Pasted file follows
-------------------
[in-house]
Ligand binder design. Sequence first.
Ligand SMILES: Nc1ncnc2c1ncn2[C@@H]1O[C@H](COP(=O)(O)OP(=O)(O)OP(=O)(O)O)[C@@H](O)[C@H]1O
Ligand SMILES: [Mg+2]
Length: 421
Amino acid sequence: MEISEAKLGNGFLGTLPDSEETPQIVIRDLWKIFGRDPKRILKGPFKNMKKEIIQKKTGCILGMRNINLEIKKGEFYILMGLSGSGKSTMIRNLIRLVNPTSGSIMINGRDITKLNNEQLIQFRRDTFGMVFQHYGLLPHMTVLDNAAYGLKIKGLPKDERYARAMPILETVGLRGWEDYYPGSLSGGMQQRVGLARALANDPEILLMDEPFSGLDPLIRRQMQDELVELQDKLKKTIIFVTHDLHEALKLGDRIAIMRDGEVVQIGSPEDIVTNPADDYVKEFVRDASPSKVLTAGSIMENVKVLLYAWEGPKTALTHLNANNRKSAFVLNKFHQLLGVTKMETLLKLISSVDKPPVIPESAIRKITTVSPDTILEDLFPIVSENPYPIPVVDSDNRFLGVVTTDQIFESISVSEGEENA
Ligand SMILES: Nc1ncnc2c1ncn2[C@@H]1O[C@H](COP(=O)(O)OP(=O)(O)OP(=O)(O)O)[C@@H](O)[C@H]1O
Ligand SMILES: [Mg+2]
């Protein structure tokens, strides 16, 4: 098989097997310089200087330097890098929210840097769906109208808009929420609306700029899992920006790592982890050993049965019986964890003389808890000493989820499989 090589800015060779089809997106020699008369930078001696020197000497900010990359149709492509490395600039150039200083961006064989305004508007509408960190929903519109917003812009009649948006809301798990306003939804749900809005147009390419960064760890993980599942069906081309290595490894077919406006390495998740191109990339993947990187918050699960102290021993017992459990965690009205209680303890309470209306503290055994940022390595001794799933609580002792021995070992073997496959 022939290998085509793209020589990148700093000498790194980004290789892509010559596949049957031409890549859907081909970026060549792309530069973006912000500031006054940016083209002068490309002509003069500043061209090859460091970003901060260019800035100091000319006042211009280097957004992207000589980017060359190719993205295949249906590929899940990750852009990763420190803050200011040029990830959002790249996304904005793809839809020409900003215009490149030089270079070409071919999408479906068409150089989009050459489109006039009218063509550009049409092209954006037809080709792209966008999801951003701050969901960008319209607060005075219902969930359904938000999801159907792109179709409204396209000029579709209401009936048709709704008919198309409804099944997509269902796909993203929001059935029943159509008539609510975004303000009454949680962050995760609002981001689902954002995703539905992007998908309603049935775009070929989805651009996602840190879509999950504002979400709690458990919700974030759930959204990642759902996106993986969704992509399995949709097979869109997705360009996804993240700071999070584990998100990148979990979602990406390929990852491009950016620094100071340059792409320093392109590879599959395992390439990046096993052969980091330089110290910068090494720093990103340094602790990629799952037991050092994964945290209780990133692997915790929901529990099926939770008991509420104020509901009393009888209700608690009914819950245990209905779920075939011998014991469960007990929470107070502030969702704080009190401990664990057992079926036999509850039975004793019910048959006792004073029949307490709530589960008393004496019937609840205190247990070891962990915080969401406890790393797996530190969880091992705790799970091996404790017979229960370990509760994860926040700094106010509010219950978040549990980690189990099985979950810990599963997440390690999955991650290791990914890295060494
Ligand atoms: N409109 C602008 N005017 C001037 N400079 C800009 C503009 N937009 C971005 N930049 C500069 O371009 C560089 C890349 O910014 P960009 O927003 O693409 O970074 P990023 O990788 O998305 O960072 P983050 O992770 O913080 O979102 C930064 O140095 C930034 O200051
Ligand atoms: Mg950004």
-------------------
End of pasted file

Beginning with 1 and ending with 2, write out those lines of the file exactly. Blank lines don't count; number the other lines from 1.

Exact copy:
[in-house]
Ligand binder design. Sequence first.